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Dev Biol (Basel). 2004;119:243-54.

Aujeszky's disease vaccination and differentiation of vaccinated from infected pigs.

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Laboratory of Virology, Faculty of Veterinary Medicine, Ghent University, Merelbeke, Belgium.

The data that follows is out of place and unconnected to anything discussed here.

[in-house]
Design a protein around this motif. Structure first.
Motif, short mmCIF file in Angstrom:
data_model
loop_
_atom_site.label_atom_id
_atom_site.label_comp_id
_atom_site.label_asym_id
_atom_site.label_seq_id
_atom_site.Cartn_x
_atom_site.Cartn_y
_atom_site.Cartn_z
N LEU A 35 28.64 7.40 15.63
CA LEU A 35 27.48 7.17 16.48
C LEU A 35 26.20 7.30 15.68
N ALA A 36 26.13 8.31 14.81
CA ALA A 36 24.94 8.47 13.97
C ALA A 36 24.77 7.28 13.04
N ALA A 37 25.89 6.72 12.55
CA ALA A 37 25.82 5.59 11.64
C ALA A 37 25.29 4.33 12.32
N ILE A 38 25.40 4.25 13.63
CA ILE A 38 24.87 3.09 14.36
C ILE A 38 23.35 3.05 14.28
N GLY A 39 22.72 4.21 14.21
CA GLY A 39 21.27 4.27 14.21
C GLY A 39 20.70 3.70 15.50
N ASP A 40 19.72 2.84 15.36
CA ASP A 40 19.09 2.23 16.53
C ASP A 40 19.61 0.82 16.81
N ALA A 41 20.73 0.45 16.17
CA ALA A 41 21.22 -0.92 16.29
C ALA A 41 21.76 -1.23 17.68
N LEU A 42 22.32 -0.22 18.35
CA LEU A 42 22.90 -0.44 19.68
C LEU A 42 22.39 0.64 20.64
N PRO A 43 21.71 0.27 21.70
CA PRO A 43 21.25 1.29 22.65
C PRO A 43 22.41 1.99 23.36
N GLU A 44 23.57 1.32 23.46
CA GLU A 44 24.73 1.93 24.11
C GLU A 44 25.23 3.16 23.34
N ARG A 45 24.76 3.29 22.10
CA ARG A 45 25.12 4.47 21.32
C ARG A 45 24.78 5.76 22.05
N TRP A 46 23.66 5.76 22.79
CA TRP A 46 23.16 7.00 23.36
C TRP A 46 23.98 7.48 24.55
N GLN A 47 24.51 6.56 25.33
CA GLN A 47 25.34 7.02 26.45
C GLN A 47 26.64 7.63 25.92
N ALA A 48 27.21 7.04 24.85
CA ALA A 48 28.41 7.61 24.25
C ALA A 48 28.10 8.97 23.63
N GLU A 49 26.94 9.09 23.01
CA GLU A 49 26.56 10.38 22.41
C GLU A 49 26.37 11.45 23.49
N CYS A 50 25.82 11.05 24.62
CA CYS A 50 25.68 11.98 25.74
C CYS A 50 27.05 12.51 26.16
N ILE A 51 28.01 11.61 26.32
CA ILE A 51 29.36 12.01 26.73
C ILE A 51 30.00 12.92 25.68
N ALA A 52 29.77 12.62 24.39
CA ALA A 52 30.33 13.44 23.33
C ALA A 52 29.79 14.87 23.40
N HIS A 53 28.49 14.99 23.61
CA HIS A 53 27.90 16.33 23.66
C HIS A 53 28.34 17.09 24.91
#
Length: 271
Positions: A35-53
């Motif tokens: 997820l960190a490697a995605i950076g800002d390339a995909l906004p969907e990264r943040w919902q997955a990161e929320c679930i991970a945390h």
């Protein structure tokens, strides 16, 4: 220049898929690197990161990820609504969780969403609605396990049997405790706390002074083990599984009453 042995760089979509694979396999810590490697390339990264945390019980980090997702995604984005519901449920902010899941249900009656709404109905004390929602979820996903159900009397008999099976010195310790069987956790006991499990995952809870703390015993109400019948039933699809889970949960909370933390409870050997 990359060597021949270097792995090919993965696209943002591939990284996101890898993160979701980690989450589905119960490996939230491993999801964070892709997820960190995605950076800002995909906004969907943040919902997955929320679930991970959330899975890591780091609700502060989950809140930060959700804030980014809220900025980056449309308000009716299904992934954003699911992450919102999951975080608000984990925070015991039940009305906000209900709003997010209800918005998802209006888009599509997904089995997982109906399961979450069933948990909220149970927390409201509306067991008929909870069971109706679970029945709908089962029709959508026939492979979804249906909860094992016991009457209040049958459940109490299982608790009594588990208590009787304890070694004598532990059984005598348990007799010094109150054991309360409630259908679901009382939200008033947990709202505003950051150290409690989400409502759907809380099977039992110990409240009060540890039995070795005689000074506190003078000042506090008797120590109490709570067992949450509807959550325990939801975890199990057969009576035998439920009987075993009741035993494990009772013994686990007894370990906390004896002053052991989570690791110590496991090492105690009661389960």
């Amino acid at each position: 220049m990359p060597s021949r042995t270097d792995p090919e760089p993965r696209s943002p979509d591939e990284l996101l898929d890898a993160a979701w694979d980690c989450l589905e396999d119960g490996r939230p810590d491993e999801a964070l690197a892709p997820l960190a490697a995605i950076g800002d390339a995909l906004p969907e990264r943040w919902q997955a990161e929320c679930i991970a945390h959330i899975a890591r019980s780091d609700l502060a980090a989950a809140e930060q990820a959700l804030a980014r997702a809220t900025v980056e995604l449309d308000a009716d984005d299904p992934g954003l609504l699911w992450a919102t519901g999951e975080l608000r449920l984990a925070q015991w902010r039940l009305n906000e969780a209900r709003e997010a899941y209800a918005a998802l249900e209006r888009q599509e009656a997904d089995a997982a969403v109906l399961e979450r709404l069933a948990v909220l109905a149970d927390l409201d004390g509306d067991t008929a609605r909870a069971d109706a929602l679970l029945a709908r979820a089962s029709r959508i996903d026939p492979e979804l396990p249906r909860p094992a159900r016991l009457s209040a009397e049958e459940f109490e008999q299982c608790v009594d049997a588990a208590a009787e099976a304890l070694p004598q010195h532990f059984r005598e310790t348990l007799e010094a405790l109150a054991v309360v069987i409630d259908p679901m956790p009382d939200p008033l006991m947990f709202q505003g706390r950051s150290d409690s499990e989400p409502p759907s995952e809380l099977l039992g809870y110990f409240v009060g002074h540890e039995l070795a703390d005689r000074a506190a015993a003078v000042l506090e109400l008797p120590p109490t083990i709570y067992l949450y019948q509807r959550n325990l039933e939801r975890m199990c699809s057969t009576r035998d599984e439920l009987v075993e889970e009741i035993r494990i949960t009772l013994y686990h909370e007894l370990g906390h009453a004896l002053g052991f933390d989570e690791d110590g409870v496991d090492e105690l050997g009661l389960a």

In this paper, the use of a glycoprotein E (gE)-deleted vaccine to eradicate Aujeszky's disease virus (ADV) or pseudorabies virus in swine is described. In regions where there is a dense population of swine, ADV is highly prevalent and intensive vaccination with such a marker vaccine has resulted, in several countries, in a decrease of the field virus prevalence to a sufficiently low level so that culling becomes economically feasible. The evolution in the reduction of circulating field virus can be followed at herd and/or population level by serological monitoring for antibodies against gE, using commercially available enzyme-linked immunosorbent assays. To be successful, other measures besides the vaccination in itself are important, such as the proper use and administration of the vaccine, repeated boosters, prevention of introduction of gE-positive animals and restriction in the movement of animals from gE-positive herds. When pockets of infection remain, intensifying the vaccination may be needed. Culling of remaining gE-positive animals, particularly breeders, is usually necessary. Some European Union (EU) member states have become ADV-free using this approach. Others are still working at it. The success is often dependent on whether or not a good discipline exists. The disease situation in the different EU member states is described. In ADV-free regions with dense swine populations at risk, it is advisable not to stop the vaccination too soon, particularly when the infection status in neighbouring countries or trade partners is not equally good.

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